Showdown set for North Avondale priest home

Neighbors gearing up for legal fight
Posted at 5:01 PM, Jul 14, 2021
and last updated 2021-07-19 08:40:53-04

CINCINNATI — The North Avondale Neighborhood Association voted 60-2 Tuesday night to oppose a zoning permit that would enable a religious group to establish a home for up to 10 of its members at 3980 Rose Hill Avenue.

The vote followed new disclosures by the Legionaries of Christ about how the property would be used and a revised report by city zoning staff. The city report recommends approval of the conditional use permit when the matter comes to a zoning hearing July 29 at 10 a.m. The Legionaries of Christ is a Roman Catholic religious group made up of priests and men studying to become priests.

“A conditional use permit will not set a precedent for the neighborhood that would allow other types of group dwellings,” the July 13 report said. “A convent and monastery use is permitted in the district with conditional use approval. Transitional housing, dormitories, fraternities and most other types of group dwellings are not permitted.”

The recommendation was revised to include three new conditions:

  • No more than 10 residents can live at 3980 Rose Hill.
  • No services can be held there.
  • The residence can’t be used for transitional housing or other types of group dwellings.

RELATED: North Avondale says no to priest home

The Legionaries of Christ spoke to the neighborhood association before the group recorded its lopsided vote. In last night’s meeting, and in emails to the city of Cincinnati, the group said it “researched well over 450 properties in Greater Cincinnati” before selecting the Rose Hill property for its 10 bedrooms and “a large rear parking area” that can accommodate seven vehicles off the street.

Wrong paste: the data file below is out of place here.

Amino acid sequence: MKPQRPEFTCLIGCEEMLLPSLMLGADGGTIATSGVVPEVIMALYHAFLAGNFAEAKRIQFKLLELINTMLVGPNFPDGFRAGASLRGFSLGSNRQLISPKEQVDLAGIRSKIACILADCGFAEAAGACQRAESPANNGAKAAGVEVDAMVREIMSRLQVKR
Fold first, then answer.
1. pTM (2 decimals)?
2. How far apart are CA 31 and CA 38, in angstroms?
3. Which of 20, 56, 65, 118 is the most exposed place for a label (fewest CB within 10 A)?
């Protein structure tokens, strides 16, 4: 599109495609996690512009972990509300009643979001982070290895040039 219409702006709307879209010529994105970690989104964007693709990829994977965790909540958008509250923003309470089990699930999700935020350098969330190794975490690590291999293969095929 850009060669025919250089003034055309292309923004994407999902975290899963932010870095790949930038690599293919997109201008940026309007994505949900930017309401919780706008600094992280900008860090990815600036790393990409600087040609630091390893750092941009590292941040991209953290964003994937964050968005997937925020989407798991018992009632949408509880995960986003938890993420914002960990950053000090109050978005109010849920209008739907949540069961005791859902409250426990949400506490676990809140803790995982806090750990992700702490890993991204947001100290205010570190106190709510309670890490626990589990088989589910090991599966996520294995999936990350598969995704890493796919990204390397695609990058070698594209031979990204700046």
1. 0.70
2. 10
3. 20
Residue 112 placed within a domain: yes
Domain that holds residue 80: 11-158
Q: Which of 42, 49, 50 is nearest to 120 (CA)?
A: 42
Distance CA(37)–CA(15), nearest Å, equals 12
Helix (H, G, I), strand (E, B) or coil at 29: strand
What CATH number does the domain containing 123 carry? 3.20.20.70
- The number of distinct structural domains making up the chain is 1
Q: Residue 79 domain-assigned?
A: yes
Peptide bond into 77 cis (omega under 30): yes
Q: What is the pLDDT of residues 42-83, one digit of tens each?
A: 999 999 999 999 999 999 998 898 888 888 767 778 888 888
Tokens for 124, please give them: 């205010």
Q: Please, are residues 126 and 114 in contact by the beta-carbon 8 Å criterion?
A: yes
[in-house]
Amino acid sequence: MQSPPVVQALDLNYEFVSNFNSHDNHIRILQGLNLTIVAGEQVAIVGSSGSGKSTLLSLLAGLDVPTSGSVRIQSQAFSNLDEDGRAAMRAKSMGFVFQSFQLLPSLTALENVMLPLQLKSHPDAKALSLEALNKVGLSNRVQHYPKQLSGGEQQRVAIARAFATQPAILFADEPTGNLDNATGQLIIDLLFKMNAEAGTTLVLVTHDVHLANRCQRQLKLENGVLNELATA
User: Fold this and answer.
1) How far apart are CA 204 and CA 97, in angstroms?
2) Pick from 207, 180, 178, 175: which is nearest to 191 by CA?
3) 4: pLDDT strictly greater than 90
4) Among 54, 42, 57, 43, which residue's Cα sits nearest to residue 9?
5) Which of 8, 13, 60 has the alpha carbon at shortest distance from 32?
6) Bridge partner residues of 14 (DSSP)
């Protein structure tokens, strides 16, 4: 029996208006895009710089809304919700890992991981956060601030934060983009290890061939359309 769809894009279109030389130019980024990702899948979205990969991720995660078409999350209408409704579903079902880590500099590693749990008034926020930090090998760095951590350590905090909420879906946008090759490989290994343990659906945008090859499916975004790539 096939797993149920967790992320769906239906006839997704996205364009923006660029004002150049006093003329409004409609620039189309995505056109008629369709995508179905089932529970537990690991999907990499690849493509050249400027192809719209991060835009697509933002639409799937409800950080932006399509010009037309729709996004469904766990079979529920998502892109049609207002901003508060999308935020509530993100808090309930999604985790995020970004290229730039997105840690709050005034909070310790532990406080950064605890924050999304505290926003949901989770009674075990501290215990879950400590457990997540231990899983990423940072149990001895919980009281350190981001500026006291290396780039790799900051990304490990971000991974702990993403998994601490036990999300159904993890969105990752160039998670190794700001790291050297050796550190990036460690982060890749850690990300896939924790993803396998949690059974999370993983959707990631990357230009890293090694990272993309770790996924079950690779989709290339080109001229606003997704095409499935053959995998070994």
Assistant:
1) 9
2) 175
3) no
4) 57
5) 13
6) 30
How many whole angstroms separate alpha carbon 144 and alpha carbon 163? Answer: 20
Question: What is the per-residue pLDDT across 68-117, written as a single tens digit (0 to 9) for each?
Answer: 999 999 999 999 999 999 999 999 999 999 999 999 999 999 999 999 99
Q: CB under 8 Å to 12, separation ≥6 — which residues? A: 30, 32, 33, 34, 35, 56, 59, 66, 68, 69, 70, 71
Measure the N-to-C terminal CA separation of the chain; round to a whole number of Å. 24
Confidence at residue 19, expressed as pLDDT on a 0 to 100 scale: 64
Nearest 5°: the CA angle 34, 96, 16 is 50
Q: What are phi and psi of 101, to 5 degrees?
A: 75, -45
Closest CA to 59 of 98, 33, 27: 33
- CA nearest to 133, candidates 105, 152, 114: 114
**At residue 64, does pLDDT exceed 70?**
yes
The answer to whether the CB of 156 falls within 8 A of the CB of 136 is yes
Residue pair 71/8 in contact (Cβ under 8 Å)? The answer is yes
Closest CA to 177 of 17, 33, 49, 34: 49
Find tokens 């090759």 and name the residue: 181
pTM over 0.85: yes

The group also provided new details on who would live at 3980 Rose Hill. Its initial application said the home would be used for 7 to 10 “Catholic missionary priests.” But the July 9 email from Brother Ryan Carlin to city officials said “ordained priests, religious brothers” and “up to three full-time male lay missionaries” would live there for varying lengths of time.

“We are simply seeking a residence for our local community,” Carlin wrote. “It is not a place of public ministry, a half-way house, a homeless shelter, an Airbnb, or anything else of that nature. We want to live there while serving the Greater Cincinnati area — in schools, camps, retreat centers and parishes.”

Carlin’s email also addressed neighborhood concerns over past allegations of sexual abuse involving members of the order.

“In response to past failures, the church and our congregation have put protocols in place to create and preserve safe environments, including background checks, training, external audits and transparency in reporting,” Carlin wrote.

Rose Hill resident, Dr. Mel Nizny, said the neighborhood's vote against the Legionaries was 100-2, if you count the 40 people who voted against the conditional use permit via Zoom. He also predicted that the fight won't end with the July 29 hearing.

“They’ll say, ‘Well, we can’t find any reason to say no, OK? And that’s why I think they may well succeed in the first round in doing this," Nizny told the I-Team Wednesday. "The neighborhood will take it as far as it needs to go until we can be successful. If we don’t succeed at the Zoning Board of Appeals, the next step I understand is to go to the Court of Common Pleas."

In another significant development, the Legionaries have retained a high-profile real estate lawyer to argue its case. Joe Trauth, a partner at Keating Muething & Klekamp, notified city zoning officials that he represents Opdyke Inc., a nonprofit real estate company that has a contract to purchase the Rose Hill property.

“We have totally complied with the city’s requirements and there is no countervailing evidence to the contrary,” Trauth said.

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